Tuesday, 6 January 2015

Creative memories

Perhaps I am slightly jaundiced about the benefits of memory, because my traumatised patients were trying so hard to forget, but the dream of boosting one’s intelligence never dies, and expanding one’s memory is seen as the royal path to that special power.

So, what can be achieved by training people in the N-back technique? You may have already guessed that my calm and balanced view is that the whole enterprise is a colossal waste of time which would be better spent learning how to play the cello.

Oshin Vartanian lives in Toronto, a city with a high tower with a glass floor where, if one is so inclined, one can dance with women one has never met purely for the vertiginous pleasure of waltzing over the streets which are clearly and terrifyingly visible very far below. My compliments to the unknown lady with whom I danced, and her wise word: “Just dance, and don’t look down”.

Here, as promised, is Oshin’s Powerpoint presentation:


Here is one of the papers on which his talk was based, published in the journal Neuroscience in 2013. Briefly, he found that a short regimen of WM training was associated with greater neural efficiency during engagement in a divergent thinking task, but not improved performance as measured by efficiency.


He has an on-going study due to finish this week in which the team are testing the relative effectiveness of a 10-day training regimen on the adaptive dual n-back task (vs. non-adaptive dual n-back task) on divergent thinking—but this time measuring originality, flexibility and appropriateness in addition to fluency. They will also score all responses using the consensual assessment technique for the quality of responses which Paul Silvia described in his presentation (see earlier post).

From my point of view the sample sizes are too small, and I wouldn’t bother to put any of these heads in a scanner, simply because reliable results require sample sizes approaching 500 subjects. However, these slight but significant results for N back keep alive the dream that you, by learning to remember pointless things which happened a few moments ago, might conceivably become more fluid in your intelligence and might even become more creative in your cello improvisations.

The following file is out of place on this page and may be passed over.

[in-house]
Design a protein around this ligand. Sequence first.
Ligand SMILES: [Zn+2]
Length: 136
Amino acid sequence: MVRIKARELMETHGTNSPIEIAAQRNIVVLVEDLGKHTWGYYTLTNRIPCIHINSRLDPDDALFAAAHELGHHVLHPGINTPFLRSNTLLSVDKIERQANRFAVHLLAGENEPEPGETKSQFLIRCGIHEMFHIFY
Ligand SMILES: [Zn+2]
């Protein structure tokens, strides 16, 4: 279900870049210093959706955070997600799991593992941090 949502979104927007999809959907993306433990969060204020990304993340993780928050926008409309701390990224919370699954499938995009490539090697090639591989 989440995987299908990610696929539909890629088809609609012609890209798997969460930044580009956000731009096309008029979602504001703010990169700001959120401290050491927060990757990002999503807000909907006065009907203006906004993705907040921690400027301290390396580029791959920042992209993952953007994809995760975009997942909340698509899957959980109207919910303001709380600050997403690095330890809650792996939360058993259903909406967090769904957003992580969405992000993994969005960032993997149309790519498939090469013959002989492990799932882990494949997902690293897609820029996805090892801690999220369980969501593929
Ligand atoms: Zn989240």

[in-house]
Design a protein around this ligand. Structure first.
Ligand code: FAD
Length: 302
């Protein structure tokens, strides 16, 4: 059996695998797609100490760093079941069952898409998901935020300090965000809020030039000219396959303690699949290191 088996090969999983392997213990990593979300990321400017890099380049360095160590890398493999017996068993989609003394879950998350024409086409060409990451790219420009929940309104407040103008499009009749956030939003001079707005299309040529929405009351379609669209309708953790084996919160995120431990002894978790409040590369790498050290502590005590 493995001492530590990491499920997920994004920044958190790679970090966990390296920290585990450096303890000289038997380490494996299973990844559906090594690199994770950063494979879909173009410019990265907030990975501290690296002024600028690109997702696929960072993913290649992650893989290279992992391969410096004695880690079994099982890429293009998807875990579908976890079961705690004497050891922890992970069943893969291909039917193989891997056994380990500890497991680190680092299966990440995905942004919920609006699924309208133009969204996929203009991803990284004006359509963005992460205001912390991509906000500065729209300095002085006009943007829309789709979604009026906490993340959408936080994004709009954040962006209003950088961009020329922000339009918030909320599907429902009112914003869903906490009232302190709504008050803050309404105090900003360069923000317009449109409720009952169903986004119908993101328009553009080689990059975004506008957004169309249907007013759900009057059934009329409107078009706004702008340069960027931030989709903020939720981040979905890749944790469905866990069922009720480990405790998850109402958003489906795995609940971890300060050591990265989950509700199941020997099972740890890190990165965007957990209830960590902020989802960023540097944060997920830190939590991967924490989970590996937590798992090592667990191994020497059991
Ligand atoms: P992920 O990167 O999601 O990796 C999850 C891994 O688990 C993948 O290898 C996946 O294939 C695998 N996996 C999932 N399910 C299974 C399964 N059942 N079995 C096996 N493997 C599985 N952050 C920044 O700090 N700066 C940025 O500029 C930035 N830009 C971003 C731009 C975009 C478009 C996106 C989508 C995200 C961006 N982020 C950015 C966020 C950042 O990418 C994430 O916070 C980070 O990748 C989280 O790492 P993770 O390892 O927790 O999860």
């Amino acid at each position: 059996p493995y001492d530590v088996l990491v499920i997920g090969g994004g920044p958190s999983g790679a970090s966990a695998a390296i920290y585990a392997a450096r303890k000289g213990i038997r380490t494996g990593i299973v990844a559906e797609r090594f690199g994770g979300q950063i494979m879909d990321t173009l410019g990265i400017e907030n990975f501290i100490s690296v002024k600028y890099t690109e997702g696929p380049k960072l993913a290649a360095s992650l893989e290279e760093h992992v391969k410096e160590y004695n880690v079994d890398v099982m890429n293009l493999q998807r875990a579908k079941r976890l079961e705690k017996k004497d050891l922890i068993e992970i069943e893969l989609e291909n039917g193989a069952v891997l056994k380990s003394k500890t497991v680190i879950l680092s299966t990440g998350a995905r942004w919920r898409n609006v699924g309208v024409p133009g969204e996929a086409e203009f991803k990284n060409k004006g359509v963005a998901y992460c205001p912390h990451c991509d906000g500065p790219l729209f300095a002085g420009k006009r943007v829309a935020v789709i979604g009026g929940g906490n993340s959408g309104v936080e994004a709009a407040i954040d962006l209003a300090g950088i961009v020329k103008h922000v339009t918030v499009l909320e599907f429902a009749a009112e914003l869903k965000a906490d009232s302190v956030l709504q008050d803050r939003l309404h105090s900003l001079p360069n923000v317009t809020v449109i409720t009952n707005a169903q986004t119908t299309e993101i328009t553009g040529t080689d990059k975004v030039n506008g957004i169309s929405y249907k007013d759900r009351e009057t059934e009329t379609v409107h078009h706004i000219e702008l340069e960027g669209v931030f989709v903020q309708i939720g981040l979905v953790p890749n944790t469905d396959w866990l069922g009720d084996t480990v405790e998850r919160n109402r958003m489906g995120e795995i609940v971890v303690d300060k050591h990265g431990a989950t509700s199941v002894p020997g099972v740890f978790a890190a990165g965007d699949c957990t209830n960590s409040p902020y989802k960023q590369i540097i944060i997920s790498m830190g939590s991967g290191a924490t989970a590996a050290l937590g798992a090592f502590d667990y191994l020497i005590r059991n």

However, don’t use the N-back technique to learn to play the cello. Get a good music teacher, preferably one not interested in neuro-psychology.


  1. "From my point of view the sample sizes are too small... simply because reliable results require sample sizes approaching 500 subjects."

    What makes you say this? Even a modest effect size like r = .3 doesn't require a sample size of 200 to achieve a power of .95 for a good, low alpha like .01. Sample sizes of 100 are usually quite sufficient, so long as the instruments are sensitive and the effect size large enough to be worth bothering with. The only time I can imagine needing n = 500 is for something like a large-scale principal components analysis where many, many factors are being extracted.

  2. "So long as the instruments are sensitive" rather than a post-factual fishing expedition conducted on scans where there is no agreed method of establishing what constitutes a reliable observation of brain activity.

  3. Memories are the most beautiful events of life. You can always thought about them as lighter moments when you feel sad.